• Some of the most popular neighborhoods in Indianapolis include Broad Ripple, Castleton, Allisonville, and North Central.
  • Top-rated education institutions in Indianapolis include Ball State University, Indiana University-Purdue University Indianapolis, and Ivy Tech Community College.
  • The NFL Indianapolis Colts and the NBA Indiana Pacers are based in Indianapolis, while major sporting events include the Indianapolis 500 and Men’s and Women’s NCAA Basketball Tournaments.
  • Indianapolis is home to countless cultural venues, including the Indianapolis Art Center and the Indianapolis Symphony Orchestra.

 

If you want an even more in-depth overview of why Indianapolis can be a great place to invest in property, check out our Indianapolis Market Overview webinar: 

 

 

Get Out the Map

Where to begin your search? Roofstock has created a heatmap that color-codes the city based on our Neighborhood Rating, a dynamic algorithm that enables you to make informed investment decisions by measuring school district quality, home values, employment rates, income levels and other vital investment criteria.

indy heatmap

DARK GREEN: 4-5 star neighborhood
LIGHT GREEN: 3.5-4 star neighborhood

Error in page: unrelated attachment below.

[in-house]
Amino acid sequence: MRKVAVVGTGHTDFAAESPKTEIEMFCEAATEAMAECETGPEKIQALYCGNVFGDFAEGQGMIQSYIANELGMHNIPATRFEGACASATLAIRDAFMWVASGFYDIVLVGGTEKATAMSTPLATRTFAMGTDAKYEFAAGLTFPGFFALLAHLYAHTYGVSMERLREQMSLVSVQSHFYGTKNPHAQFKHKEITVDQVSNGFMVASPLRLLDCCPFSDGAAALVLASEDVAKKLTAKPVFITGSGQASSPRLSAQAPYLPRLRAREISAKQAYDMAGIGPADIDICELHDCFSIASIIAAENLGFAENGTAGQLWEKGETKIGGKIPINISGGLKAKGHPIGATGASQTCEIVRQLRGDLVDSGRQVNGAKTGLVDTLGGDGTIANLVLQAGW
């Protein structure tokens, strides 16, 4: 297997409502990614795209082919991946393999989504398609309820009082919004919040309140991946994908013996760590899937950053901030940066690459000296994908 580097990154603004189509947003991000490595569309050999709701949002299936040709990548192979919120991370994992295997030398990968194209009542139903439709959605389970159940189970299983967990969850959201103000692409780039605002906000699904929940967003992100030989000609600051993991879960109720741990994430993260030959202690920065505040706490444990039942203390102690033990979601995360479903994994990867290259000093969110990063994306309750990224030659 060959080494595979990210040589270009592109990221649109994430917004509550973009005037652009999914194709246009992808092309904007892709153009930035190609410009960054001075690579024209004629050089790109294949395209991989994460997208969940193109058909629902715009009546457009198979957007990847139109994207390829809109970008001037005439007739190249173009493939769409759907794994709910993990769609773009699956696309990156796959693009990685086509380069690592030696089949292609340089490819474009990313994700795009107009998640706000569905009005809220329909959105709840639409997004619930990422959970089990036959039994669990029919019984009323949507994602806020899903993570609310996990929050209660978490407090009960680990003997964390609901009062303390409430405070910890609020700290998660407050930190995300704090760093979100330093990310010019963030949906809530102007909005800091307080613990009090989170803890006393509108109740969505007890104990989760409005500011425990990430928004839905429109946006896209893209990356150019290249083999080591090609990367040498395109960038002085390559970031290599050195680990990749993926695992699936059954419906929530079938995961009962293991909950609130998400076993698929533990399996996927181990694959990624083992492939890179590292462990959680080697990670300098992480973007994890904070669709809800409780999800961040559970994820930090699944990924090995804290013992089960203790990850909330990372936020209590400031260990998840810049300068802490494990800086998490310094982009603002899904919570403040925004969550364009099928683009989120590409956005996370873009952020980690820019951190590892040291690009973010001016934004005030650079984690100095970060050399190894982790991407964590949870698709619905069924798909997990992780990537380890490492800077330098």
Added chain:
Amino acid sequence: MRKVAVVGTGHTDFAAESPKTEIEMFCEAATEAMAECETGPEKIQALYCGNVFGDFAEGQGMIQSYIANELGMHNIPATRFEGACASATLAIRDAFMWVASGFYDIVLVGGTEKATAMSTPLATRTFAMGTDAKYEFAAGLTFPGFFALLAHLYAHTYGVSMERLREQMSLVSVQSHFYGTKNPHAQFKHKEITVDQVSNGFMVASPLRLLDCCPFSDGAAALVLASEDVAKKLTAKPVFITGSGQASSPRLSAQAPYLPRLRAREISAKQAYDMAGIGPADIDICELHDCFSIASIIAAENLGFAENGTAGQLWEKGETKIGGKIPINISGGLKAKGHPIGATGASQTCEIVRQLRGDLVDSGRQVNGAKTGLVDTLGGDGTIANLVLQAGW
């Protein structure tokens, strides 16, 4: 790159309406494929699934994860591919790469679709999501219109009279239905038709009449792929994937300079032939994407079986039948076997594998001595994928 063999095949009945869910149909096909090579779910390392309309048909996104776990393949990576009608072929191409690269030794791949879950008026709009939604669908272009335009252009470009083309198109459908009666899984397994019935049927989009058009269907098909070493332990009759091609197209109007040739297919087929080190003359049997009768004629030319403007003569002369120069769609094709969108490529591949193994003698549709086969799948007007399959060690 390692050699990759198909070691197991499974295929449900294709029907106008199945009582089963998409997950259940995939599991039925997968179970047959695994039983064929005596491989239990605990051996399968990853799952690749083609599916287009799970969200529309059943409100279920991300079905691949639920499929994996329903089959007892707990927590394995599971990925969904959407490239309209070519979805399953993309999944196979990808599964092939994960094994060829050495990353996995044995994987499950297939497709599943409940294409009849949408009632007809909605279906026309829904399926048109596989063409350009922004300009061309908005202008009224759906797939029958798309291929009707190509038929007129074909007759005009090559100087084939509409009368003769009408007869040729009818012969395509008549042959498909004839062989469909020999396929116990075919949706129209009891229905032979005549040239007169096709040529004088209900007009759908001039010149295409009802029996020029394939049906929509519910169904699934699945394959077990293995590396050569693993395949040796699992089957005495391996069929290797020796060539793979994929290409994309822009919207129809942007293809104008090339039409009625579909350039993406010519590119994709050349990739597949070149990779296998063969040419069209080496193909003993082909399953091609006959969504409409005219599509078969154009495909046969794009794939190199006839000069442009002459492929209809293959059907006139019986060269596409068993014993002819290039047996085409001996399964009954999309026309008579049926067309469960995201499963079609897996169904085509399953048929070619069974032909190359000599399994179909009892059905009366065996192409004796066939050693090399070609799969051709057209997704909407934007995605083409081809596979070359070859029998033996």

YELLOW: 2.5-3 star neighborhood
ORANGE: 2 star neighborhood
RED: 1 star neighborhood

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This article, and the Roofstock Blog in general, is intended for informational and educational purposes only, and is not investment, tax, financial planning, legal, or real estate advice. Roofstock is not your advisor or agent. Please consult your own experts for advice in these areas. Although Roofstock provides information it believes to be accurate, Roofstock makes no representations or warranties about the accuracy or completeness of the information contained on this blog.
Jeff Rohde

Author

Jeff Rohde

Jeff has over 25 years of experience in all segments of the real estate industry including investing, brokerage, residential, commercial, and property management. While his real estate business runs on autopilot, he writes articles to help other investors grow and manage their real estate portfolios.